It is helpful to draw a distinction between three things. (i) “personhood,” referring to those ontological features in virtue of which someone is a someone rather than merely something, e.g. rationality or the capacity for moral agency, (ii) “personal identity,” referring to those features of someone that distinguish him from all other persons as a unique someone in an incommunicable manner, and (iii) “personality,” referring to the full development of the features in both (i) and (ii) into the maturity that we experience now to a degree, but ultimately, is only brought to full perfection in the eschaton.

In the above sense, personhood is common and shared, while personal identity is not. Both Peter and Paul are “individual substances of a rational nature,” both possess free will or the dignity proper to personal moral agents or whatever else we want to say are the distinguishing features of persons as opposed to things. Such an ontological basis sets Peter and Paul apart from trees and rocks, but does not distinguish between Peter and Paul. Such features tell us what we are as persons, but they do not tell us who we are as this person. Granted, a particular instance of a general feature such as rationality is, as an instance, a particular instance metaphysically distinct from other instances. So Peter’s rationality is metaphysically distinct from Paul’s just as Peter’s animality is metaphysically distinct from Paul’s. Nevertheless, when we identify the unique and irreplaceable character of Peter’s personal identity, we are identifying more than the metaphysical uniqueness that a particular pebble has—mysterious and wonderful as the pebble’s particularity may be in its own right.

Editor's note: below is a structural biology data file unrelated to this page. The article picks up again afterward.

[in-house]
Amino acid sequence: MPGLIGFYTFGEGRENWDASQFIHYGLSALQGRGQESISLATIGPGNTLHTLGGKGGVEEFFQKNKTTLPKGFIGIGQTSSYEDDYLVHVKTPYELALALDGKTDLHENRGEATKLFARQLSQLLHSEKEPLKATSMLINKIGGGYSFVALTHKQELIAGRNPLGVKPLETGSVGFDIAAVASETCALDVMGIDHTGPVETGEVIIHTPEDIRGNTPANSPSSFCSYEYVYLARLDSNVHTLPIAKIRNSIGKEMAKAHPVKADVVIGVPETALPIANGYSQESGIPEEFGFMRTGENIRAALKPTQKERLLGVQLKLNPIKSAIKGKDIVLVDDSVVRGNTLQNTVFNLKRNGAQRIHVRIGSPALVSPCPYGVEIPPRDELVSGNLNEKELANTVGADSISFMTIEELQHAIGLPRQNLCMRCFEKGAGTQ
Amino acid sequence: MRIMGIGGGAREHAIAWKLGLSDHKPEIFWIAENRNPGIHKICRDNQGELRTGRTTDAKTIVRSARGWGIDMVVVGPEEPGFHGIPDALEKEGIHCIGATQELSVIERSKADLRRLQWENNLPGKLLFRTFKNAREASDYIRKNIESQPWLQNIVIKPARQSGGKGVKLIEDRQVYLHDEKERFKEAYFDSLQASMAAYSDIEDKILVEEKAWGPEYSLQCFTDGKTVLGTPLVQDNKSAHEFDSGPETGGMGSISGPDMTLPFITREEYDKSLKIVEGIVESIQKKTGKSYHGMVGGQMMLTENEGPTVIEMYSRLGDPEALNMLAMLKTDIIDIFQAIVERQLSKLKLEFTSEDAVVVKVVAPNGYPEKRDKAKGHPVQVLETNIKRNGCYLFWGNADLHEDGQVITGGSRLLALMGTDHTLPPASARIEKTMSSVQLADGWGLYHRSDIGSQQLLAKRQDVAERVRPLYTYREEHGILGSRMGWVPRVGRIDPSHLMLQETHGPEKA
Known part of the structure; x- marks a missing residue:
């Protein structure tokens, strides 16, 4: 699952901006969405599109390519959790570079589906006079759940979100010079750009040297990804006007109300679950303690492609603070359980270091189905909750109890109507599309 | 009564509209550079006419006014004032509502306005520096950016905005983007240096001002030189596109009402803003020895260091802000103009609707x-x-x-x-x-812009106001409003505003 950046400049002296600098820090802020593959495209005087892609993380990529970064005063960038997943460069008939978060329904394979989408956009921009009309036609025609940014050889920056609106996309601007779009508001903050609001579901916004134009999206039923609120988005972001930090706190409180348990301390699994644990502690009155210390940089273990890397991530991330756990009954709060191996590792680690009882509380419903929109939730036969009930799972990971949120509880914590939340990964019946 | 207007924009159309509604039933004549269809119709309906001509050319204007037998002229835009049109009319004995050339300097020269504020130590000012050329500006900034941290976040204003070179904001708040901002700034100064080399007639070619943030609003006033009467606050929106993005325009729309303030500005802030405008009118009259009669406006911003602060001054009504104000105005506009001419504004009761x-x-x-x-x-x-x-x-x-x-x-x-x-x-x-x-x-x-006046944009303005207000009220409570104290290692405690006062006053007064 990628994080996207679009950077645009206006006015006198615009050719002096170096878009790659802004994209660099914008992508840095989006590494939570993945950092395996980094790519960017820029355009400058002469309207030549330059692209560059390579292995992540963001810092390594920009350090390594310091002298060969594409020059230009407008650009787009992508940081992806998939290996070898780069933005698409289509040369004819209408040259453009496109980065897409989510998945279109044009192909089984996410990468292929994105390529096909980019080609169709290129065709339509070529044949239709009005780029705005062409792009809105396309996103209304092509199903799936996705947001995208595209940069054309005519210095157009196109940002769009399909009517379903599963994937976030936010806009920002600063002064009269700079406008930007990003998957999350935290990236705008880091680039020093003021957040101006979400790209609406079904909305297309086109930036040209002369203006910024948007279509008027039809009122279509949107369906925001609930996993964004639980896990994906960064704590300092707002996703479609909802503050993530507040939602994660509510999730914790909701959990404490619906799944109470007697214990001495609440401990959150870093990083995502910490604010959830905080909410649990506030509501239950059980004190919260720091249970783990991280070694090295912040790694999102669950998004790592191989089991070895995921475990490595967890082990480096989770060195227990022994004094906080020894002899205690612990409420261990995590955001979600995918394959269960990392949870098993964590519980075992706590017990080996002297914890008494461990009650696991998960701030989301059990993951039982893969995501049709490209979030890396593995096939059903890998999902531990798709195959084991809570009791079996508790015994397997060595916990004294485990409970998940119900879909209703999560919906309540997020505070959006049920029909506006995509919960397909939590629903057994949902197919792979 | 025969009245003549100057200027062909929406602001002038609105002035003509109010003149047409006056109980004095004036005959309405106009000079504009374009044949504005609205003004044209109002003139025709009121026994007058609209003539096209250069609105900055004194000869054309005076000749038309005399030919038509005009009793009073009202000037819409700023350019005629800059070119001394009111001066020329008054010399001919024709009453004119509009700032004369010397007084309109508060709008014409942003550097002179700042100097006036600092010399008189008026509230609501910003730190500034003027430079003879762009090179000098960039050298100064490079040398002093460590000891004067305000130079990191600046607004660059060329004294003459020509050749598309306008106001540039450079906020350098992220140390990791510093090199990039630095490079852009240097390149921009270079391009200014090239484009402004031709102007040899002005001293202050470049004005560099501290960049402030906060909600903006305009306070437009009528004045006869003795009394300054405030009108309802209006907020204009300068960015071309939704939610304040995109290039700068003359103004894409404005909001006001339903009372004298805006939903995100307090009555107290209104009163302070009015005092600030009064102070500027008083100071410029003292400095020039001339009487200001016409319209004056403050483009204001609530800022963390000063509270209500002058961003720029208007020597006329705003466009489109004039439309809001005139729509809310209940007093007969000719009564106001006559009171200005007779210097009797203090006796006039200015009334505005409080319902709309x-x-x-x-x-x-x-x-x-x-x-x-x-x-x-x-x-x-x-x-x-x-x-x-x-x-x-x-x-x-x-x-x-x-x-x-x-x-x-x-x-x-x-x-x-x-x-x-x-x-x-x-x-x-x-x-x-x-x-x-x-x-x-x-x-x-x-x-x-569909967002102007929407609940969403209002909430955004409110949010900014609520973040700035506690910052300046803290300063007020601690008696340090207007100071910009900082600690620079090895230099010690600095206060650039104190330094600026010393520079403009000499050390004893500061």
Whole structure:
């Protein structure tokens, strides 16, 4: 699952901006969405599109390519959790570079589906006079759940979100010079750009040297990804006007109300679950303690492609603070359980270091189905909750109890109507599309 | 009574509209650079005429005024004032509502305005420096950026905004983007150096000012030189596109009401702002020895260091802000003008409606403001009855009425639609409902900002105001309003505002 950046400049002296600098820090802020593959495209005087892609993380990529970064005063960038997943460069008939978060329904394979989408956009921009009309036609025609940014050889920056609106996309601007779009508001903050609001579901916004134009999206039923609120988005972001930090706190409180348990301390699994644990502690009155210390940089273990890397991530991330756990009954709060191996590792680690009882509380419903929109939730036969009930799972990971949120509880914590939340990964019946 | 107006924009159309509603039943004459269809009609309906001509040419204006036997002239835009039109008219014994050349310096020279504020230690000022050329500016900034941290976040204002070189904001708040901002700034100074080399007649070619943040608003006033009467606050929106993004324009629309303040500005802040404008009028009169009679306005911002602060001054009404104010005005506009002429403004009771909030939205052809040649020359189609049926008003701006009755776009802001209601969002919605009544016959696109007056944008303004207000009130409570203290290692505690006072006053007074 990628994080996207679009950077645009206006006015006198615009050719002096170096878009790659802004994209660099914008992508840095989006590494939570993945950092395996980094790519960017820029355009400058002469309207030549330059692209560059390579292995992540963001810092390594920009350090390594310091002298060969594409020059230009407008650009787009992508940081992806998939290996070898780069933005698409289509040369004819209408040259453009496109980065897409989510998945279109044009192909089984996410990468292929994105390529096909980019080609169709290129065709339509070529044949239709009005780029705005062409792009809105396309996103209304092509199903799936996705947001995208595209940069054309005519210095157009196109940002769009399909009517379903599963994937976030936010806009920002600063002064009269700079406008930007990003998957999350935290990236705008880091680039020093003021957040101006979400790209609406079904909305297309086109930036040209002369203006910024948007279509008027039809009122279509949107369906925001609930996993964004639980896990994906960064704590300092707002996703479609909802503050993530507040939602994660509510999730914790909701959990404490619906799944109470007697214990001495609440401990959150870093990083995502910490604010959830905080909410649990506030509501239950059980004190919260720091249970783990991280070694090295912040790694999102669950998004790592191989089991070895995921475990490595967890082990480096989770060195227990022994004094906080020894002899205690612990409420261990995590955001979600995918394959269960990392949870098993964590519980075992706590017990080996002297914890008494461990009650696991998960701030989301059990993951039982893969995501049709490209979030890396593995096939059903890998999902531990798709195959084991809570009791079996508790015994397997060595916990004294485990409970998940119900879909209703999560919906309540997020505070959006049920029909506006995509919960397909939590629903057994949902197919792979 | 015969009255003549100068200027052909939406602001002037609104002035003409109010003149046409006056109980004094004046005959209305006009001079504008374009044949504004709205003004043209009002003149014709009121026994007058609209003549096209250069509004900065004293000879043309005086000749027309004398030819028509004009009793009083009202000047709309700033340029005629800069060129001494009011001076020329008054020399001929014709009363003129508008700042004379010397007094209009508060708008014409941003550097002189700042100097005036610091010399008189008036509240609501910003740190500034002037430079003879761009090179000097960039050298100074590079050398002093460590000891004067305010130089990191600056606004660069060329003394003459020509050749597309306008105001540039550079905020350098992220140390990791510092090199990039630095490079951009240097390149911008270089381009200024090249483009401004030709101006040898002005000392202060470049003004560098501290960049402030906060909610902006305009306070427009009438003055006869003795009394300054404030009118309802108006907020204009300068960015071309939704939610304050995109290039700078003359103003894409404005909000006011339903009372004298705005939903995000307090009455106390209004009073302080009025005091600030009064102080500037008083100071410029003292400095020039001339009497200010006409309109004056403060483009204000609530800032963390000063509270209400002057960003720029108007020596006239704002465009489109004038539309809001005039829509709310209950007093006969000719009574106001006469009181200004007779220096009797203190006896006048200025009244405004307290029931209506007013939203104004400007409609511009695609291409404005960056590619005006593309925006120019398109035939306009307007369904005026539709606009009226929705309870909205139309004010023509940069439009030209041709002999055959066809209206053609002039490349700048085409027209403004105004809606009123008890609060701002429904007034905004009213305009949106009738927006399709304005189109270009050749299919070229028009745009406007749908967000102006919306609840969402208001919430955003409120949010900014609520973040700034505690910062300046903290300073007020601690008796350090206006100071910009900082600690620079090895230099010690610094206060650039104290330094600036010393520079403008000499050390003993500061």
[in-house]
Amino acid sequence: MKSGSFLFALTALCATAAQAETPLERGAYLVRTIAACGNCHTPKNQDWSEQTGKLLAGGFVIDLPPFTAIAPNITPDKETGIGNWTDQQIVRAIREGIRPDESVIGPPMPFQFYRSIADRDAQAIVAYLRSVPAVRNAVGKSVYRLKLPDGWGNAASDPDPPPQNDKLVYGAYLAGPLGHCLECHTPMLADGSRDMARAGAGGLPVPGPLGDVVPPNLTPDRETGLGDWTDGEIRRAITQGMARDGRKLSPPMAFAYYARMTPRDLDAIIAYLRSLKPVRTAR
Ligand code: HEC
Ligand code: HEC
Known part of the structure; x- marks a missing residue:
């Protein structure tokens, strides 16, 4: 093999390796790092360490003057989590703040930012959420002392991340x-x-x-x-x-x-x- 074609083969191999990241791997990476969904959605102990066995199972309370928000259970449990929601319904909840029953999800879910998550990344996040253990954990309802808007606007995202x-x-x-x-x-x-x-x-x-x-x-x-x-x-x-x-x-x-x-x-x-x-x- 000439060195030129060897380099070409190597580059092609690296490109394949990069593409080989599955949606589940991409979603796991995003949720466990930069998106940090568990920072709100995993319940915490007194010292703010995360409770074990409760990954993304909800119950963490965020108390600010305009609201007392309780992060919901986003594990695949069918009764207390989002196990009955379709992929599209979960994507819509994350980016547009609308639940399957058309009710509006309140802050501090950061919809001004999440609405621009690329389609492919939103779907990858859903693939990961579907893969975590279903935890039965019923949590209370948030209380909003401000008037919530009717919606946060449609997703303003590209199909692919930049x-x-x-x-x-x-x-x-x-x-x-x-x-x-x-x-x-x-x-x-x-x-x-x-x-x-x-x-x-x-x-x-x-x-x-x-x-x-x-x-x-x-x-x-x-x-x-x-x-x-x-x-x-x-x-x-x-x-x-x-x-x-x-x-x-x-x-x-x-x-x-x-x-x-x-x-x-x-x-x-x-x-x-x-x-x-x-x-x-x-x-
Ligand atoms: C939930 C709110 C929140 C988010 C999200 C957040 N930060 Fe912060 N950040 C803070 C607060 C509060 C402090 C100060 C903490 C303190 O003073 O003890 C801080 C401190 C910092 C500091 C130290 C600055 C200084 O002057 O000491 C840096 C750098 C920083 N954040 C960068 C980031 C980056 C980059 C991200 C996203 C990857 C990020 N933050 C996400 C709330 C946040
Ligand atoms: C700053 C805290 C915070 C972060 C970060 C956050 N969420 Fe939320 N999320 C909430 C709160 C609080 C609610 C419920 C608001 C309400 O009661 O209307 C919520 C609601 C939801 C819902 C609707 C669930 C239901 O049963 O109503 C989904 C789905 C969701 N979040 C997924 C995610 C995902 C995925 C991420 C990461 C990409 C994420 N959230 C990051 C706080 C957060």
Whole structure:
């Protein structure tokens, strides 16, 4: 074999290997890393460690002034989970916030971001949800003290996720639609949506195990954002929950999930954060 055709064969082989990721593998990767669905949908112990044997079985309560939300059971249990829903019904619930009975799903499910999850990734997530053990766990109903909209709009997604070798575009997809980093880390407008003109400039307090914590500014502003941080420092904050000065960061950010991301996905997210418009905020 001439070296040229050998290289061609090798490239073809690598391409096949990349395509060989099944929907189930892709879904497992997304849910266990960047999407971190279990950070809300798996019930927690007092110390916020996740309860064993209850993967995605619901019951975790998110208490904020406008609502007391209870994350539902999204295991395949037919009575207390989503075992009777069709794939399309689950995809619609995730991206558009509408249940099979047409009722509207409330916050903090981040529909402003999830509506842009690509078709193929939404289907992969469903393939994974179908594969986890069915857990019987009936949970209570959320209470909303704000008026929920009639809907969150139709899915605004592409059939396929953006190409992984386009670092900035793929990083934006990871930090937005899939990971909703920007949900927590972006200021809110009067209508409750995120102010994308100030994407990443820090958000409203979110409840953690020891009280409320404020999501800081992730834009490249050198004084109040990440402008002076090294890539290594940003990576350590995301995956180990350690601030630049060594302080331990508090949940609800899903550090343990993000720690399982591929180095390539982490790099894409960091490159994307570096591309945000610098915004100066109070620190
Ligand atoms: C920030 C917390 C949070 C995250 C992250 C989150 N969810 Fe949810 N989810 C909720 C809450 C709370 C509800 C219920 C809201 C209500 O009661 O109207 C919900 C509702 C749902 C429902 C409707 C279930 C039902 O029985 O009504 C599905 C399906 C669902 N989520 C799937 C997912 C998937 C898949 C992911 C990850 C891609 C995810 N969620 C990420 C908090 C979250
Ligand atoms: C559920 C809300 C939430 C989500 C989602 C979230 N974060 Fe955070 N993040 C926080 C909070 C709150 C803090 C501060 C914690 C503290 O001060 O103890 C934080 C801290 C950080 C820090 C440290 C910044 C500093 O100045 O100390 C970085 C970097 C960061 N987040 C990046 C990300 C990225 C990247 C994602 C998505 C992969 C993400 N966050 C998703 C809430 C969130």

This distinction between personhood and personal identity may lead our minds toward those features of Peter that make him stand out from others in our experience: his brashness, his all too ready devotion to our Lord, his bearded visage. But this would be a mistake. In the first place, such qualitative features are, in principle, sharable with others. As the scholastics say, they are communicabilis. While Peter’s brashness makes him stand out from the crowd, other persons can be brash too. If the brashness were what made Peter Peter, then the others would be just as much Peter as he. Indeed, if they were more brash they would be more Peter than Peter. We might appeal to the idea that it is not just the brashness alone, but the combination of brashness and beard, and perhaps many other qualitative traits, but such a scheme would turn Peter into nothing more than an aggregate of communicable traits, even if we found some reason to think that the aggregate as a whole would be unique.1